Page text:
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Ag for Life Profile: Cassidy Sawyer

Cassidy Sawyer, bachelor of education student at the University of Lethbridge, joined Ag for Life’s team as a program coordinator for summer 2023. Sawyer helped Ag for Life deliver agriculture education programs across Alberta—never forgetting to bring her positive attitude and genuine smile.

Cassidy Sawyer joined Ag for Life's team as a program coordinator for summer 2023.
Cassidy Sawyer joined Ag for Life's team as a program coordinator for summer 2023.

Coming from a family of fourth-generation grain farmers, Cassidy Sawyer has always known the value and hard work of Albertan producers. Growing up on Sawyer Farms, she was happy to be surrounded by agriculture.

“One of my favourite memories was definitely riding in the buddy seat alongside my dad in farm equipment. After learning how to drive the equipment, my dad and I shared a lot of laughs, told a lot of stories, took some naps, and ate some great food,” says Sawyer.

But Sawyer also saw her parents endure the ebbs and flows of the agriculture industry. This taught her how to take initiative, work hard, and be flexible during tough times.

“When things go sideways on the farm, it is important to stay calm and switch gears quickly,” says Sawyer.

“Sometimes farmers are dealt with unlucky hands. We have had droughts and years with too much rain. No matter the situation, we can always be thankful for our family and for the land we live on.”

Sawyer has always been connected to agriculture and now that she is in university, Sawyer strives to take agriculture from the field to the classroom.

Ag for Life's Rural Safety Unit teaches students the importance of farm safety. Sawyer spread awareness on how kids can stay safe on the farm!
Ag for Life's Rural Safety Unit teaches students the importance of farm safety. Sawyer spread awareness on how kids can stay safe on the farm!

With fond childhood memories growing up on the farm, Sawyer always knew that she wanted to be a part of agriculture. After a school field trip to AdFarm in junior high, Sawyer wanted to pursue agriculture marketing. But over the years, her dream pivoted, and she set her sights on education.

“I realized that being a teacher does not mean I have to give up agriculture. I can always educate people about agriculture, in and out of the classroom. I will also remain true and close to my agriculture roots,” says Sawyer.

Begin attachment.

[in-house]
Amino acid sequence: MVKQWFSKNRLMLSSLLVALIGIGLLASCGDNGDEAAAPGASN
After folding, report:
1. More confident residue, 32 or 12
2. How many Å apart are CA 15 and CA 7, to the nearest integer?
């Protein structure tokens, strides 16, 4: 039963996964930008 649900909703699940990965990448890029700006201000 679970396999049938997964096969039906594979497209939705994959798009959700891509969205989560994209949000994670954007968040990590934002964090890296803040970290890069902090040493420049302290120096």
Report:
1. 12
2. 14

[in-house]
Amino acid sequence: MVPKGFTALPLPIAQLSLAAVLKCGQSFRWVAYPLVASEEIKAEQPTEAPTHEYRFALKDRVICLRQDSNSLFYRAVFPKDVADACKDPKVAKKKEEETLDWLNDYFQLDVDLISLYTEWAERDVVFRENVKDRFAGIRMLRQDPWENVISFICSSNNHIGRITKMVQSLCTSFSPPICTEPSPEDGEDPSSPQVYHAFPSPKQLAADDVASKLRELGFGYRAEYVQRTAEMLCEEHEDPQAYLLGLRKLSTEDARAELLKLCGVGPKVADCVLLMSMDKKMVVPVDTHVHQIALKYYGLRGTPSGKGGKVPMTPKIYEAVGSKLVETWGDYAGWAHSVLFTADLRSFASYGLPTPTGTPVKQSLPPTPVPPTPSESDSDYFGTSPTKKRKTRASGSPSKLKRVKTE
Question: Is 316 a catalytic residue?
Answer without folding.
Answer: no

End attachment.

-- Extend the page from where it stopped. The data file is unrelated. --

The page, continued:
Sawyer then attended the University of Lethbridge to study English education—she is now in the final year of her combined bachelor’s degree, with a minor in career and technology studies that focuses on agriculture.

“With this minor, and my agriculture background, I will be able to educate children on the real facts of agriculture,” says Sawyer.

As a program coordinator, Sawyer connected students  to agriculture.

This summer, Sawyer joined Agriculture for Life as a program coordinator, travelling across the province to deliver agriculture education. Whether it was in the schools presenting the Classroom Agriculture Program (CAP) or on the road with our educational trailers, Sawyer cultivated experiences and connected students and the public to agriculture.

“My favourite part about this job was seeing kids realize that the food they eat every day was grown by farmers. My biggest takeaway was understanding the need for agriculture education,” says Sawyer.

“I often heard many people say, ‘keep doing what you are doing.’ Even farmers learned something new from our trailers. Ag for Life provides an education experience for everyone.”

Between running our numerous programs, Sawyer also developed an extensive Farm to Table unit plan—a resource for culinary teachers to take to their classrooms and teach students about where their food comes from. Throughout the unit, students will dive into the agriculture world with an opportunity to hear from producers and then apply this knowledge to the real world by cooking up their very own dish.

“Although my plan is to be an English teacher, my dream would be to teach a farm-to-table culinary class. I would love to see my vision put into motion within the classroom,” says Sawyer.

Seeing a growing divide between people and their food, Sawyer knows there’s a need for agriculture education to dispel misinformation on social media.

“People need to know about their food and where it comes from and to understand the importance of agriculture. If we are going to feed 9.7 billion people by 2050, people need to support and trust farmers who are working hard every day,” says Sawyer.


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